The Fund should also complement and “reinforce” activities of FRONTEX including joint return operations. The fund shall also assist Member States in operational assistance at the external borders that MAY also involve humanitarian emergencies and rescue at sea. [7]

Each Member State has to prepare a national annual plan for the area. There are delays in this for all the Member States, and they will most probably not be ready before the summer 2014, which means that the national calls for proposals will only emerge in about Autumn 2014.

The Czech Ministry of the Interior plans to start the realization of projects from January 2015 and to publish calls for proposals in the second half of 2014. The Czech national programme shall devote about 50% of the funds on integration, 30% to return and about 20% to asylum and refugees.

It is crucial to now the follow up on the new Regulation and monitor its actual implementation in the national legislations. 

Internal Security Fund

The civil liberties committee also endorsed the EP-Council deal on the Internal Security Fund (ISF) which will support external border and visa management, with funding to the tune of €2.8 billion up to 2020 [8]. Inter alia, the money will be used to build infrastructures and systems needed at border crossing points and for border surveillance, fund IT systems required by the European Border Surveillance System (EUROSUR), as well as actions aimed at the efficient management of migration flows, processing of visa applications and consular co-operation.

It is a huge amount of money given that this is not all money that border management costs all Europeans. There are additional national expenditures going into these systems.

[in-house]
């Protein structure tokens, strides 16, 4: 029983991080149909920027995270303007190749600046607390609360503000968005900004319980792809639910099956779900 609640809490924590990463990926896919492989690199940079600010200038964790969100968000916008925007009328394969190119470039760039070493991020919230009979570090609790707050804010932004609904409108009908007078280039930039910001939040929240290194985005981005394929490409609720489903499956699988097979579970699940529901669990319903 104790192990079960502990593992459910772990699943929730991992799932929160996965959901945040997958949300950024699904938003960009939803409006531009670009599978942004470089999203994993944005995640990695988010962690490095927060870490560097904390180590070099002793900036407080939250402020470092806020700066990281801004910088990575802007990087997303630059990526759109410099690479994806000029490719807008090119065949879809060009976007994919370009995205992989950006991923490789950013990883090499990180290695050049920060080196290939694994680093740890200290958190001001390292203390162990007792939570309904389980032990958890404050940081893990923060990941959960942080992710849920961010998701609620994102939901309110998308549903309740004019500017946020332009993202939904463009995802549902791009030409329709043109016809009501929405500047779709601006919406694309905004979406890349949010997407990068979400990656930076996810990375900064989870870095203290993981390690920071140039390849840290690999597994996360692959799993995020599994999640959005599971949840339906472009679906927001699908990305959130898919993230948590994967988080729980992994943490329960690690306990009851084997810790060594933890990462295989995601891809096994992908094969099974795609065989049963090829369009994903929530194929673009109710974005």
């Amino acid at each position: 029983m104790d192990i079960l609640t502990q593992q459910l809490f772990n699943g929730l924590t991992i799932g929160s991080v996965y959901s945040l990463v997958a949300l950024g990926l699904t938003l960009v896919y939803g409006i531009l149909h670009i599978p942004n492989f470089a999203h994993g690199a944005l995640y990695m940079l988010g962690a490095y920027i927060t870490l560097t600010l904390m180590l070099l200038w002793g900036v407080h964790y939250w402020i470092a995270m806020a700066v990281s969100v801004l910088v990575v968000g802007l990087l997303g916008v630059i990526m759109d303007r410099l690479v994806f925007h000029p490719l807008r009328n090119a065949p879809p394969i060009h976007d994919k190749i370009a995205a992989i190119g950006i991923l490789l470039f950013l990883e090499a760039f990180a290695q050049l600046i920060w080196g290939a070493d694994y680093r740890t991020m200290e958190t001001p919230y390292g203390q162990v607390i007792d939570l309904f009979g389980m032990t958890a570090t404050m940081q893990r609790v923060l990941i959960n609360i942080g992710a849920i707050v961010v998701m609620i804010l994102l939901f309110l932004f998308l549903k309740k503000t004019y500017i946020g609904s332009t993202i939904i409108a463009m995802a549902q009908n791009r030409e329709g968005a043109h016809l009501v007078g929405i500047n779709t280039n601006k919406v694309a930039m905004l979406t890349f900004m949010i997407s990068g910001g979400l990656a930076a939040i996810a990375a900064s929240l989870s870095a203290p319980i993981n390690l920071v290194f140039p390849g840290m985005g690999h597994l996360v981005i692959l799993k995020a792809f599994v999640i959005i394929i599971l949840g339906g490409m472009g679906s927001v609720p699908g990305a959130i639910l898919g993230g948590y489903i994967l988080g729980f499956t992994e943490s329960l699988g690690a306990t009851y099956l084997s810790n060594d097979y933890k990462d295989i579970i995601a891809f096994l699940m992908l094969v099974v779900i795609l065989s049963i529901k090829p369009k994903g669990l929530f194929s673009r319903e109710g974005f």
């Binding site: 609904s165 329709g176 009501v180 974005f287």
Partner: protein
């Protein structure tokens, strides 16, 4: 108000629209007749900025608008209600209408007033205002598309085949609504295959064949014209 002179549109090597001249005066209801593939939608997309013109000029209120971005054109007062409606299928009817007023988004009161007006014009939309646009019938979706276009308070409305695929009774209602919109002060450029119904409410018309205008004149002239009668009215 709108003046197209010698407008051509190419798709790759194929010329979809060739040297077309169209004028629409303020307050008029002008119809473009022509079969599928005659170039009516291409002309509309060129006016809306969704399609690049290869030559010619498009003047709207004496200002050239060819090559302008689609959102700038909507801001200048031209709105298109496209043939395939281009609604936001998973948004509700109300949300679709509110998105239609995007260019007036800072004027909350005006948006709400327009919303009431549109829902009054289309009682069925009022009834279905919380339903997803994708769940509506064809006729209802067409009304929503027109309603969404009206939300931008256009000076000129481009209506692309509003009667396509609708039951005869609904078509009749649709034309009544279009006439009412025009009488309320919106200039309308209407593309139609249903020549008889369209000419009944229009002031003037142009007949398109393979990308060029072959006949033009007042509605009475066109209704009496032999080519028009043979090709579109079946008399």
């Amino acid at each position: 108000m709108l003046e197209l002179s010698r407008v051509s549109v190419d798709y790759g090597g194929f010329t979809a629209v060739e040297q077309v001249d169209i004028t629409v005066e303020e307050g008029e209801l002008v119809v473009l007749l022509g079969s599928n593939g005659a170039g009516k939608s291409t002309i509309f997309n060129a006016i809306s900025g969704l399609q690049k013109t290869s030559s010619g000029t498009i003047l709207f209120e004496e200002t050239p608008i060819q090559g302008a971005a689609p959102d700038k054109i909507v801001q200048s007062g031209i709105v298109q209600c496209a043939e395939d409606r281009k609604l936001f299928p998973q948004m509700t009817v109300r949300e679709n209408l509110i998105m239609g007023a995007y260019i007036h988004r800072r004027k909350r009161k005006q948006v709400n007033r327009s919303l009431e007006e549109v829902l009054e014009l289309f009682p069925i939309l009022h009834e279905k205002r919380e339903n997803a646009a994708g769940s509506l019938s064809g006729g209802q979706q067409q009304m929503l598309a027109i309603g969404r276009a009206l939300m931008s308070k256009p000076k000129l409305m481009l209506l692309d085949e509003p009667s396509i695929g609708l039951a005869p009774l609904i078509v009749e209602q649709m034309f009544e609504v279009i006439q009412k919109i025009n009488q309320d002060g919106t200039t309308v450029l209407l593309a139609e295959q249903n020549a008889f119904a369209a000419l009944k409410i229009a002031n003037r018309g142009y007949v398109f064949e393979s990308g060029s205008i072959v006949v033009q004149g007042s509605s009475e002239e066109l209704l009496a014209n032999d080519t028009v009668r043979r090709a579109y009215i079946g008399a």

The more worrying to me is the current EU Smart borders package proposal (including an entry-exit system and Registered travellers programme). The initial guess of the cost is about 1 billion EUR which according to studies published on this might become several times higher. [9]

esf_eu_logo

This article has been funded from the project "Integration of Labour Migrants in the Czech Republic: Reinforcing the role of the Czech towns", CZ.1.04/5.1.01/77.00030, supported by the European Social Fund in the Czech Republic via the OP LZZ program.


[1] The Asylum, Migration and Integration Fund (AMIF) has a total budget for 2014-2020 of €3.1 billion. Parliament and Council negotiators agreed that €2.7 billion will go to national programmes (€360 million for resettlement) and €385 million to Union actions, emergency and technical assistance and the European Migration Network.

[2] Decrease from 3.2 bn to 2.7 bn. The funding remains the same for Member States. The cuts impact on resettlement and Union Actions and funding foreseen for the "mid-term review" has been removed.

[3] On the main NGO demands see our text from 2012

[4] Art 15(1)(a) of the Asylum, Migration and Integration Fund (AMIF) ( Regulation of the European Parliament and of the Council establishing the Asylum, Migration and Integration Fund, amending Council Decision 2008/381/EC and repealing Decisions No 573/2007/EC and No 575/2007/EC of the European Parliament and of the Council and Council Decision 2007/435/EC, see here: http://register.consilium.europa.eu/doc/srv?l=EN&f=PE%20142%202013%20INIT)

[5] Art 7 AMIF

[6] Art 19 (1)(c) AMIF

[7] Recital 46 AMIF

[8] €1.5 billion will be earmarked for national programmes, €791 million for managing migration flows across the EU's external borders, €154 for the Special Transit Scheme and €264 million for Union actions and emergency and technical assistance

[9] EP study, Commission study to be published in March 2014

Karolína Babická
Karolína Babická works as migration and asylum policy and advocacy officer in European Brussels-based NGO. She holds a PhD in international law from Charles University in Prague and Odysseus Network Certificate in EU Migration and Asylum Law.
Karolína Babická
Karolína Babická absolvovala doktorské studium na Právnické fakultě University Karlovy v Praze a je držitelkou Odysseus Network Certificate in EU Migration and Asylum Law. Věnuje se politické a advokační činnosti v oblasti migrace a azylu jako zaměstnanec jedné z celoevropských NNO sídlících v Bruselu.
15. 4. 14